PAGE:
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Tuning into AO-51 "ECHO"

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nexus

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AO-51 (Amateur Orbiting Satellite Carrying Amateur Radio "OSCAR") is a very easy satellite to not only intercept comms from, but also to talk through if you have a ham license.

This satellite is basically a cross-band repeater using FM mode. The uplink frequency that earth stations transmit on is on 145.9200 mHz with a 67.0 hz PL tone. But for everyone who wants to listen to the satellite, we all need to tune our radios to the UHF downlink frequency of 435.3000 mHz FM, and no pl tones.

There are two basic things you need to know in order to listen in on this satellite.

1. You need to know your Long/Lat cordinates or your grid (grids are used by hams to determin a geographical area on earth's surface).

2. The location of the satellite and the time it will pass over your field of view.

If you don't know your LONG/LAT or grid square number, you can easily get that by going here: http://www.arrl.org/locate/locate.html

From that page you can enter in your city and state and it will give you both LONG/LAT and your grid square number. Then you will want to go to this site to get the list of passes for AO-51 to your location: http://www.amsat.org/amsat-new/tools/predict/

From there enter in your grid square into the box and click calculate and it'll automatically put yout long/lat in and then click pridict button. It will then show you the next 10 passes for your location. Keep in mind the time is listed in UTC (universial time cordinate) and that means you need to ADD 5 HOURS to your local time to get UTC. (example. if its 1400 hours your time, in UTC it will be 1900 hours)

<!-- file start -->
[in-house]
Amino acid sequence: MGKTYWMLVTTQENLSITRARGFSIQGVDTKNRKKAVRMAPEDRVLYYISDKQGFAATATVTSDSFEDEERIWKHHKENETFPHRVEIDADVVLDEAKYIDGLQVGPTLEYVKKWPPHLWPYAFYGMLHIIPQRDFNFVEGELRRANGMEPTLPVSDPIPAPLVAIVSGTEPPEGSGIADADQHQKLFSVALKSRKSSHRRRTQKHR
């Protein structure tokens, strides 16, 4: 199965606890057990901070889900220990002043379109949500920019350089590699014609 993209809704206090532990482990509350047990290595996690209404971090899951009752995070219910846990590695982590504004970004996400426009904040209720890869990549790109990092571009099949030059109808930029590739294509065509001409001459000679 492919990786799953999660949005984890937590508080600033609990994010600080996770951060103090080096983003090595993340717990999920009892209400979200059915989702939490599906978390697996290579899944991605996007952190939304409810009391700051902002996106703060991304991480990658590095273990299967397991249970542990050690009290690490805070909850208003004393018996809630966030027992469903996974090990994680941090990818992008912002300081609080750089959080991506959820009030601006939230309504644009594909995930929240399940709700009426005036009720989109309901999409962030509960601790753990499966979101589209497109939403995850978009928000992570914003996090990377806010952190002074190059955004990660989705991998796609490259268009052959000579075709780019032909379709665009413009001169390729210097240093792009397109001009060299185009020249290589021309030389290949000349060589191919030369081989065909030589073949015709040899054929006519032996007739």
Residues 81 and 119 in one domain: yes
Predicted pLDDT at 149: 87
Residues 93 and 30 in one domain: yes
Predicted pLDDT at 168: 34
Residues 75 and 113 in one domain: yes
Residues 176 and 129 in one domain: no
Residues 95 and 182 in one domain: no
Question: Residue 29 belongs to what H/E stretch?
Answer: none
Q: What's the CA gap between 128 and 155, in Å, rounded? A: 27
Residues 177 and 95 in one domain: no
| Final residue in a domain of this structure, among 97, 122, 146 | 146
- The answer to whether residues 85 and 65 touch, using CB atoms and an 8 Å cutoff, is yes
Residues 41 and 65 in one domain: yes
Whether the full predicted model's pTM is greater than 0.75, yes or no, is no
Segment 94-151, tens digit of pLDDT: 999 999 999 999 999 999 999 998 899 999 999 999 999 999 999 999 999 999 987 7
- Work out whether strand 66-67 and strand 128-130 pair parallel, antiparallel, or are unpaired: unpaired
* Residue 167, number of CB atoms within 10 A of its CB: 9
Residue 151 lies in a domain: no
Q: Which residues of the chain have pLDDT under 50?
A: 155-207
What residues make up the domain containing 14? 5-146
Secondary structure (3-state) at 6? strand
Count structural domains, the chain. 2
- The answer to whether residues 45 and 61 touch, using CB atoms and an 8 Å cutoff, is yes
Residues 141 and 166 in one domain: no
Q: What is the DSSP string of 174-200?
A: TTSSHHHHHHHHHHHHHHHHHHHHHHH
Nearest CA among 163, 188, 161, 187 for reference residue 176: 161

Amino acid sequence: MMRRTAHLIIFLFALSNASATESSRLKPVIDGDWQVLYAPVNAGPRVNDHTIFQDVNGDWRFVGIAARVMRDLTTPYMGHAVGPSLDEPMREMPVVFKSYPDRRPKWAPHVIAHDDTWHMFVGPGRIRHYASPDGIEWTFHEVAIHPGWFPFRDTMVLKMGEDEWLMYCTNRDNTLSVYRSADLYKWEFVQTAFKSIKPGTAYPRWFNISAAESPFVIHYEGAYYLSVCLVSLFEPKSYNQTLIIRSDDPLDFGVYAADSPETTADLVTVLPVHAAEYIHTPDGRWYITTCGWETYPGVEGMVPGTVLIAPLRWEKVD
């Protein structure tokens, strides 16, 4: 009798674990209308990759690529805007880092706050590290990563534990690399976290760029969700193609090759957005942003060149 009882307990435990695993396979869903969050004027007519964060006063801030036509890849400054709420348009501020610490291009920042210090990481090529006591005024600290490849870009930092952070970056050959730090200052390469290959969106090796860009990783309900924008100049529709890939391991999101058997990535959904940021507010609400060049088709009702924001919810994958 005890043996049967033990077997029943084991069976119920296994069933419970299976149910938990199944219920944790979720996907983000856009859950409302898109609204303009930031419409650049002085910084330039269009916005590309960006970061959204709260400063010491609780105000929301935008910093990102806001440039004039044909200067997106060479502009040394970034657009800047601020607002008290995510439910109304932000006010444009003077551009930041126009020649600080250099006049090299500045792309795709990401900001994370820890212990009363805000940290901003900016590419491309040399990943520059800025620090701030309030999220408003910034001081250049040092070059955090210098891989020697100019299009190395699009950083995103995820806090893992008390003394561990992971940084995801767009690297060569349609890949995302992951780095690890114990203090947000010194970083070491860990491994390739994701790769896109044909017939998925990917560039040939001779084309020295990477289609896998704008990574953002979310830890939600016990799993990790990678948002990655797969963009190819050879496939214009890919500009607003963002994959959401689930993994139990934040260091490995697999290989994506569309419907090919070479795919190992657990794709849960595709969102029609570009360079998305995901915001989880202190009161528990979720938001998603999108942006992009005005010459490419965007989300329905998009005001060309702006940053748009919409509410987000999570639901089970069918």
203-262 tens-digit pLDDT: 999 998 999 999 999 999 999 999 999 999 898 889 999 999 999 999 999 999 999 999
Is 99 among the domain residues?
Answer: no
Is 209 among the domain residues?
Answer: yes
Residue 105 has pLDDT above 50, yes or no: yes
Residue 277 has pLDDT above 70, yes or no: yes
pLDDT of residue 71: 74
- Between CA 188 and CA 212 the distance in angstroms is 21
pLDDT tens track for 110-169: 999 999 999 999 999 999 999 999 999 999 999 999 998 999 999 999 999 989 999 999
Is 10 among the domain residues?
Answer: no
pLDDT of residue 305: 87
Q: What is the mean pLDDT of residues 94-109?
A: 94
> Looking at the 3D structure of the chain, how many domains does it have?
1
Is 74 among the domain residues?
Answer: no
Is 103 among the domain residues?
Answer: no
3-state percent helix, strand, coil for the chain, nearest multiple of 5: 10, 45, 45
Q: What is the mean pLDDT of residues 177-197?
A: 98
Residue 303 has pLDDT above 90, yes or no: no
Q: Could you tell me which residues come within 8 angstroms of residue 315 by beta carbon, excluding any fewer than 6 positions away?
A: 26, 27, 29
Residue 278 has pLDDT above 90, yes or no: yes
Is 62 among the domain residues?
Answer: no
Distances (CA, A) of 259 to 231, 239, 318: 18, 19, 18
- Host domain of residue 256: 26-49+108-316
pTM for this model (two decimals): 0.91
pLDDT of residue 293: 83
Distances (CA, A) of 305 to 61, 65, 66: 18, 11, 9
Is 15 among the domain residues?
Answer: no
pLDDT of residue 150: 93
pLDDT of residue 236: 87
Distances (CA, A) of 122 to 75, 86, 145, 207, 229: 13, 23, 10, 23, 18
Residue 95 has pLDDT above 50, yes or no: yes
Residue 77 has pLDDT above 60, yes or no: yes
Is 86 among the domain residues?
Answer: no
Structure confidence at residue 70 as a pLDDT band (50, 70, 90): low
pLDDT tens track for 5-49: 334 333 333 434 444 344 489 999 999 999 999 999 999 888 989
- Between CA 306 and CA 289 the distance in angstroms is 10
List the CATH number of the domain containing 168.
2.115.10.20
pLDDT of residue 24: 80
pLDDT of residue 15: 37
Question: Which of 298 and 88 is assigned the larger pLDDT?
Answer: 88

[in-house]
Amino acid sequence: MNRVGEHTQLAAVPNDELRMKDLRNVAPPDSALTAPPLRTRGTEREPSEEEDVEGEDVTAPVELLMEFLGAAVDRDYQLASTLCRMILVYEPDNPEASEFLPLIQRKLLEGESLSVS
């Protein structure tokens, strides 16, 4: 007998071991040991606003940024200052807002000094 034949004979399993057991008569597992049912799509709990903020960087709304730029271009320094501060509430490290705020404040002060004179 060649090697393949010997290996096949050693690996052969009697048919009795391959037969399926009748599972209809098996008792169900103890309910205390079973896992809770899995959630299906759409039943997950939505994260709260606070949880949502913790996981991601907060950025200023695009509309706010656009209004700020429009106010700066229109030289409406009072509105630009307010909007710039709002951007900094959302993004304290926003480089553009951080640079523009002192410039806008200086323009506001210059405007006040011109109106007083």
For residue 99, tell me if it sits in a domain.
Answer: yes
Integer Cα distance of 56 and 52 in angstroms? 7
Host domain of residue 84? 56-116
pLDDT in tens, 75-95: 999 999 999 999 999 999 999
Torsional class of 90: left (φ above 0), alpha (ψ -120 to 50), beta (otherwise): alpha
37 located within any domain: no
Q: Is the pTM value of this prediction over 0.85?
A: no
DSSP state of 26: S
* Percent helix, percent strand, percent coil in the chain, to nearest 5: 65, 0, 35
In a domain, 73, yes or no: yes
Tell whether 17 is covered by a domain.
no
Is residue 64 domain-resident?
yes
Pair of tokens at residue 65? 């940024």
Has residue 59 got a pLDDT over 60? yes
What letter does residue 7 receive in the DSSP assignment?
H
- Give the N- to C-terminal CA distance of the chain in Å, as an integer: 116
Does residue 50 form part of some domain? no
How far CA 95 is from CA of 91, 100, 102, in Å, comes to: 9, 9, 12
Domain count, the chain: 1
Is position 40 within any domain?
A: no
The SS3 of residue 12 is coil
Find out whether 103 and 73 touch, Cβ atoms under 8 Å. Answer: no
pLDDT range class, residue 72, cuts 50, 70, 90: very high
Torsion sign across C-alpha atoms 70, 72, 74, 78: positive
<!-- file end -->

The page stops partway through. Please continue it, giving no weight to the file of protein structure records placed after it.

Pick the time you want to go listen to it, and select the live tracking link to actually see the track of the satellite. As it is fixing to pass over you, go outside (if its a portable) and first tune 5khz ABOVE the center freq (435.3000) so you'll be on 435.3500 mhz as the bird gets above your location you'll need to be on center (435.3000 mhz) and as the bird is leaving from your location you'll want to tune DOWN 5khz to 435.2500 mhz.

The reason for this is the doppler shift effect. You should get a good 6 to 7 minutes of monitoring on each pass... Also if using a portable radio with a telescoping antenna or rubber duck, be sure and try to keep the antenna in a slight angle to the ground, say 35 degrees or so. If you hold it completely vertical it won't pick up the bird as strong. So holding it at an angle will give you best results. If you are using a mobile mounted antenna or a mast mounted antenna don't worry about it. Hams have been known to get into the AO-51 with a mobile. So it can be done. And I've personally intercepted hams talking through it using a rubber duck on my handheld.

Good luck and enjoy...
 
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W8OSP

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May 17, 2005
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Location
Gallia Co Ohio
orbitron software, th-d7 kenwood ht, arrow dualband handheld yagi im ready! hehe
I think ive tried to work it before but no success, im usally on ISS packet.
 

ka3jjz

Wiki Admin Emeritus